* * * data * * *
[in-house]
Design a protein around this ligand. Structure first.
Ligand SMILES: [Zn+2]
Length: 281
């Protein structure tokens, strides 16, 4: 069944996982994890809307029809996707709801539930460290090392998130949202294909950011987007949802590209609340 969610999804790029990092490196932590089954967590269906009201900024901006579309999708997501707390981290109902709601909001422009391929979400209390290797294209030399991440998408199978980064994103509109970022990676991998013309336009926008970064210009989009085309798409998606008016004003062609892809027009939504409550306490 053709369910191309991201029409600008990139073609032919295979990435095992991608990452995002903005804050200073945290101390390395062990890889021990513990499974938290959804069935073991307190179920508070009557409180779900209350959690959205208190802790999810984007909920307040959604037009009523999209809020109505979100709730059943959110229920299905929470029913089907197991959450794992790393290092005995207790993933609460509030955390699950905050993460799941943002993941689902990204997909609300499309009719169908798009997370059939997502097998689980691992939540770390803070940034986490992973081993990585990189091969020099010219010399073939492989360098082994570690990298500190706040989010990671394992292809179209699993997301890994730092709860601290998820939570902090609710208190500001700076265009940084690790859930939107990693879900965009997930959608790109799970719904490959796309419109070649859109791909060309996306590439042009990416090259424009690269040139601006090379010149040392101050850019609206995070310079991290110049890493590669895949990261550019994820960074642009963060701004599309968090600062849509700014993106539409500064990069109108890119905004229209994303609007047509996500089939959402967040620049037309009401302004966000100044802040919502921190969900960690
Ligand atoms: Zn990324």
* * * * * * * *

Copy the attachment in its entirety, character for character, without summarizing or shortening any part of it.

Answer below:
[in-house]
Design a protein around this ligand. Structure first.
Ligand SMILES: [Zn+2]
Length: 281
């Protein structure tokens, strides 16, 4: 069944996982994890809307029809996707709801539930460290090392998130949202294909950011987007949802590209609340 969610999804790029990092490196932590089954967590269906009201900024901006579309999708997501707390981290109902709601909001422009391929979400209390290797294209030399991440998408199978980064994103509109970022990676991998013309336009926008970064210009989009085309798409998606008016004003062609892809027009939504409550306490 053709369910191309991201029409600008990139073609032919295979990435095992991608990452995002903005804050200073945290101390390395062990890889021990513990499974938290959804069935073991307190179920508070009557409180779900209350959690959205208190802790999810984007909920307040959604037009009523999209809020109505979100709730059943959110229920299905929470029913089907197991959450794992790393290092005995207790993933609460509030955390699950905050993460799941943002993941689902990204997909609300499309009719169908798009997370059939997502097998689980691992939540770390803070940034986490992973081993990585990189091969020099010219010399073939492989360098082994570690990298500190706040989010990671394992292809179209699993997301890994730092709860601290998820939570902090609710208190500001700076265009940084690790859930939107990693879900965009997930959608790109799970719904490959796309419109070649859109791909060309996306590439042009990416090259424009690269040139601006090379010149040392101050850019609206995070310079991290110049890493590669895949990261550019994820960074642009963060701004599309968090600062849509700014993106539409500064990069109108890119905004229209994303609007047509996500089939959402967040620049037309009401302004966000100044802040919502921190969900960690
Ligand atoms: Zn990324």